When you go to the polls this November, think about what kind of country you want to live in. Never in American history has the expression “knowledge is power” been more true – but perhaps not in the way you think.

Democracy depends on an informed electorate. Being informed depends not only on the interest and the skill to read widely, but also on the development of critical thinking typically honed by higher education. This is a problem in America. By one estimate, 54 percent of Americans read at or below a sixth-grade level. By another, America’s literacy rate is ranked 125th in the world.

For a country wielding the kind of resources America has, these stats are a failing grade. They also reveal something darker about the America we live in today. Our politicians think nothing of spending $22.4 billion on Zumwalt-class ships, now deemed a failure and discontinued, but they bridle at investing any money on education.

Teachers are critical to democracy. We need to respect and pay teachers wages commensurate with the seriousness of their positions. By not creating conditions where people want to enter the teaching profession, we’re not defending America from the ignorance that fuels extremism. It is foolish from a business perspective, too. According to analysis from Forbes, America could be losing as much as $2.2 trillion a year to low literacy.

So why does the current Republican Party seem to think teachers are a cultural enemy, engaged in subverting our children?

Remember, teachers are the people we entrust our children to every day. As Paul Waldman of The Washington Post recently wrote: “Meanwhile, Fox News has been on a tear, vilifying school teachers as lazy, stupid, anti-white Marxists trying to ‘groom’ children for sexual abuse.”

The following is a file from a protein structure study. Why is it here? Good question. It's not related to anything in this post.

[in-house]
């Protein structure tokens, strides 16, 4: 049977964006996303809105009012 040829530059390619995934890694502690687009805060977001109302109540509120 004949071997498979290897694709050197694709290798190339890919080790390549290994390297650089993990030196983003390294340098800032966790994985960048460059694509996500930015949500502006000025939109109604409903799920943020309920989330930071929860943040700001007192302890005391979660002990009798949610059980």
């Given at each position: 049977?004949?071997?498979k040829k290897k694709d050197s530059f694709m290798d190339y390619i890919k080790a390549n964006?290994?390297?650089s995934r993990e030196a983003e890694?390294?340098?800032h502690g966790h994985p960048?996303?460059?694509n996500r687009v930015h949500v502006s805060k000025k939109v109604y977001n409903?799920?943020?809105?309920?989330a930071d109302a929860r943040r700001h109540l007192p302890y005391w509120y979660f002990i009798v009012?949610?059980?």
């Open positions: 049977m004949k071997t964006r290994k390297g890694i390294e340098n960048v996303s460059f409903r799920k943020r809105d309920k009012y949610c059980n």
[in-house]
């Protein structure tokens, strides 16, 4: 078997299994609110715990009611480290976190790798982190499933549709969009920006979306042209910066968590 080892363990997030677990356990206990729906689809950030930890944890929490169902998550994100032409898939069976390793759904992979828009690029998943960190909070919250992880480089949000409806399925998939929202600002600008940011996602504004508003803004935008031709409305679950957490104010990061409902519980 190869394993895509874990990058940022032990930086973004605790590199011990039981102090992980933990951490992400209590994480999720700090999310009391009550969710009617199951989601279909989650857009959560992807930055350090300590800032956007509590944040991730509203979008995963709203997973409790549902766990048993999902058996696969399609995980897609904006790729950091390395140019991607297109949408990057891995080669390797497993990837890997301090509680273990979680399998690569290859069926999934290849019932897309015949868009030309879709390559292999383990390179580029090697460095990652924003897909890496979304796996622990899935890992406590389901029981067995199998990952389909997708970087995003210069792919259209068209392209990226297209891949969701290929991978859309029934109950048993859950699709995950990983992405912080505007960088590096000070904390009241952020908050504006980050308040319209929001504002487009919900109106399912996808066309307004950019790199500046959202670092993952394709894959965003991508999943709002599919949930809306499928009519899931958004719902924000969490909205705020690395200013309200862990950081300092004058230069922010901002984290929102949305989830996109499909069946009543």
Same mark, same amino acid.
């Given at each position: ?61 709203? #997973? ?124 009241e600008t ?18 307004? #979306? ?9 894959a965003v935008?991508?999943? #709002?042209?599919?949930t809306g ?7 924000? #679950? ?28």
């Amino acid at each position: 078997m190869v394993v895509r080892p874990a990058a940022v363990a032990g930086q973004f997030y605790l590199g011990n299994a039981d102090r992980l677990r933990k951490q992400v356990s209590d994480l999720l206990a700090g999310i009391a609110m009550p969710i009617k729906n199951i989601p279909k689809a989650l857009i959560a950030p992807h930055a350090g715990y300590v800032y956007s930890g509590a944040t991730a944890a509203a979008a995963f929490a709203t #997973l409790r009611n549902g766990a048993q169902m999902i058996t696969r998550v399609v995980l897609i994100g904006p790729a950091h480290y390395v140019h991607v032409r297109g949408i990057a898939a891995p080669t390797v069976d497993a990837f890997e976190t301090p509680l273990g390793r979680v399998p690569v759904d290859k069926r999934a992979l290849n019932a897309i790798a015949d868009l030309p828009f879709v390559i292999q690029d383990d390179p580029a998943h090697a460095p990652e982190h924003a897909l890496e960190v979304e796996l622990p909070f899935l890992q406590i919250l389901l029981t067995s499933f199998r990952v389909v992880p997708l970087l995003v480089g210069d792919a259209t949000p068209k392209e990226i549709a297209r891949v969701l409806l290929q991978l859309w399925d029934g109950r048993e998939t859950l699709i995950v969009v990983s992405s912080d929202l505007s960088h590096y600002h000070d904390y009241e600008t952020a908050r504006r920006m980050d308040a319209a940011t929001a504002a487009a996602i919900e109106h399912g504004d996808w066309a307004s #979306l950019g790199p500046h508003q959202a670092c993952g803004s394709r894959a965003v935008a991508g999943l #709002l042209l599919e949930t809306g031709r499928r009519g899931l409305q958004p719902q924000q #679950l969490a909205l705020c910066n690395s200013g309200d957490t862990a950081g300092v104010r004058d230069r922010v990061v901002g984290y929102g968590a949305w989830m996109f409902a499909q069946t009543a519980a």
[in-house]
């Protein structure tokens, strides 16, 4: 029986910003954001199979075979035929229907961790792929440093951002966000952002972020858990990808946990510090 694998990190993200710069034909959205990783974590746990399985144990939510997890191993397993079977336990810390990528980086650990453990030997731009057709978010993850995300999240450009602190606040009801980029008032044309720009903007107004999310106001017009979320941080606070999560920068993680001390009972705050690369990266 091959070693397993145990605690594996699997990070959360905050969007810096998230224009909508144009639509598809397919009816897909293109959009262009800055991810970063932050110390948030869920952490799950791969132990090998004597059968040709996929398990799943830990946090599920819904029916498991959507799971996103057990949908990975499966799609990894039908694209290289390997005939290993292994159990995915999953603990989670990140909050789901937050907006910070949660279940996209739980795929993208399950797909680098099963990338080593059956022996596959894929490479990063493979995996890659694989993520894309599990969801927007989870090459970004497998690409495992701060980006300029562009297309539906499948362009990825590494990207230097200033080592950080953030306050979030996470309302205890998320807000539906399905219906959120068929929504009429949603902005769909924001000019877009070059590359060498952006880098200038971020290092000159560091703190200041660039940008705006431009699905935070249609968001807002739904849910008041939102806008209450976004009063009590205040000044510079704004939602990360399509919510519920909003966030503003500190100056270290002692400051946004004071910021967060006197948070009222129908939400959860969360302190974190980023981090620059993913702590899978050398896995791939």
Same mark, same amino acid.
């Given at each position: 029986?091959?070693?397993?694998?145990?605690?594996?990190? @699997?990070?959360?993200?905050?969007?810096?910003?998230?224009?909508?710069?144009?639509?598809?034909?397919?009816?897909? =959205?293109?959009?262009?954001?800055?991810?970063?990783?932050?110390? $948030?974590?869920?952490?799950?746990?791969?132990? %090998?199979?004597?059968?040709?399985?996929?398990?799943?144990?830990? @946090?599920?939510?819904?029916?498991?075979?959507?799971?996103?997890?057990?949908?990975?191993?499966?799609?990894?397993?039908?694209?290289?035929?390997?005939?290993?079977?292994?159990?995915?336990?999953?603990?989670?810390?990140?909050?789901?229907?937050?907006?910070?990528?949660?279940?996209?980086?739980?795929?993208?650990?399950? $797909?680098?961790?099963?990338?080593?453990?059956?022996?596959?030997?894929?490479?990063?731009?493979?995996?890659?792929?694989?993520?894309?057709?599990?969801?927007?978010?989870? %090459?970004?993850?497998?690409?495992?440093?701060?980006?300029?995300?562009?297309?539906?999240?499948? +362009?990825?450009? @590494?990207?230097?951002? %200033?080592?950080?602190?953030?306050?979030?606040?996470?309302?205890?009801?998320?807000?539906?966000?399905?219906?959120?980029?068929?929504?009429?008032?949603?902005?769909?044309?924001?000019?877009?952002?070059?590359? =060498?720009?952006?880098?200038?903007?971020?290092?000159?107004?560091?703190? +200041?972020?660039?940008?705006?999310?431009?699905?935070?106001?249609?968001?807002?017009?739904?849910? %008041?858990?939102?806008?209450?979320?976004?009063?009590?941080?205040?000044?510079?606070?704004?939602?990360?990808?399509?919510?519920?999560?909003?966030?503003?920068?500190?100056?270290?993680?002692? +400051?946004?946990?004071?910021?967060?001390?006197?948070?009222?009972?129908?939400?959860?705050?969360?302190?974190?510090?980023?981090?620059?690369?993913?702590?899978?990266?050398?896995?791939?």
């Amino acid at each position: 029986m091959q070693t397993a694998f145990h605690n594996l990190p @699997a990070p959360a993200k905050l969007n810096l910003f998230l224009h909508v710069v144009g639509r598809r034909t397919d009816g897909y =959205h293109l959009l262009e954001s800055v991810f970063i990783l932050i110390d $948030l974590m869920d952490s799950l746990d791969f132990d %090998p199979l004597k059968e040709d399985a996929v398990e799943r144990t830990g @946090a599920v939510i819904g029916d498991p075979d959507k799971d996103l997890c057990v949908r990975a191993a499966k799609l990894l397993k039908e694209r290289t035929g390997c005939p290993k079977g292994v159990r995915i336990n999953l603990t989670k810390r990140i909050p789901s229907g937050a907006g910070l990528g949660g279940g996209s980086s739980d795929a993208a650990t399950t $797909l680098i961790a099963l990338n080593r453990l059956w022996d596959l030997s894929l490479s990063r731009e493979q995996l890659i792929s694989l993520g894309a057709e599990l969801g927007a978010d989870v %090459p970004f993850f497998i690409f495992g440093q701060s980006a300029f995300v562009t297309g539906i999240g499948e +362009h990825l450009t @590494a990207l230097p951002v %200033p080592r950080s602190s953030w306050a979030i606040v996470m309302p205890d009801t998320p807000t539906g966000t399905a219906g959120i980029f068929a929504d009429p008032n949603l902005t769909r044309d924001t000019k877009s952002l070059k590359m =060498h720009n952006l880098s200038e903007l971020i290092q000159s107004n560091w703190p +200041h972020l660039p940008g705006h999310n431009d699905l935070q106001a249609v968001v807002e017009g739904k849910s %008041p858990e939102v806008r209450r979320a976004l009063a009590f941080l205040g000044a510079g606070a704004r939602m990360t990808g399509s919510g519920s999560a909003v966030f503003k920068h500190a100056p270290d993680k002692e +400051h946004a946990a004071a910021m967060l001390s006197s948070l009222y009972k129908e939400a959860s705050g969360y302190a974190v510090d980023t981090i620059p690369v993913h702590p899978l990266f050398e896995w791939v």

Having come from a family of several teachers, I can attest they were people who arrived early; stayed late; paid for supplies out their own pockets when necessary; and lay awake at night thinking about how to creatively convey an unbiased, factual rendition of their subjects to their students.

The answer to the question is simple. First, the Donald Trump-dominated Republican Party has no policies that benefit middle- and low-income Americans. Instead of helping working Americans, it is focused on maintaining its wealth and power. The nonpartisan Congressional Research Service wrote of Trump’s signature Tax Cuts and Jobs Act: “The cuts have had virtually no effect on wages, haven’t contributed to a surge in investment, and haven’t come close to paying for themselves. Nor have they delivered a cut to the average taxpayer.”

In the absence of a plan to make America a better place to live for the majority, the Republican Party portrays America as in decline and then blames that decline on a nefarious enemy: teachers. Why? Because they teach children how to read and think. And that’s not good for the Republican Party – kids will learn to think critically and see through their bogus claims.

Secondly, the better educated kids are in elementary and high school, the more likely they are to go to college. And that’s where things really fall apart for the Republican Party. In college, middle- and low-income students can meet a more diverse population of people who get along and exchange ideas.

In fact, the only way the Republican Party can win is by polarizing America through extreme policies – implementing anti-abortion laws, banning books, attacking teachers. The majority of Americans do not agree with their policies. According to The Guardian, “The Republican Party has become dramatically more illiberal in the past two decades and now more closely resembles ruling parties in autocratic societies than its former center-right equivalents in Europe … .” Translation: The Republican Party has become semi-fascist.

Fascists cannot stand the sunlight of truth. Their policies fall apart when exposed to science and fact. And we should never accept anything less than policies based on fact and reason. As Aldous Huxley said: “The deepest sin against the human mind is to believe things without evidence.”

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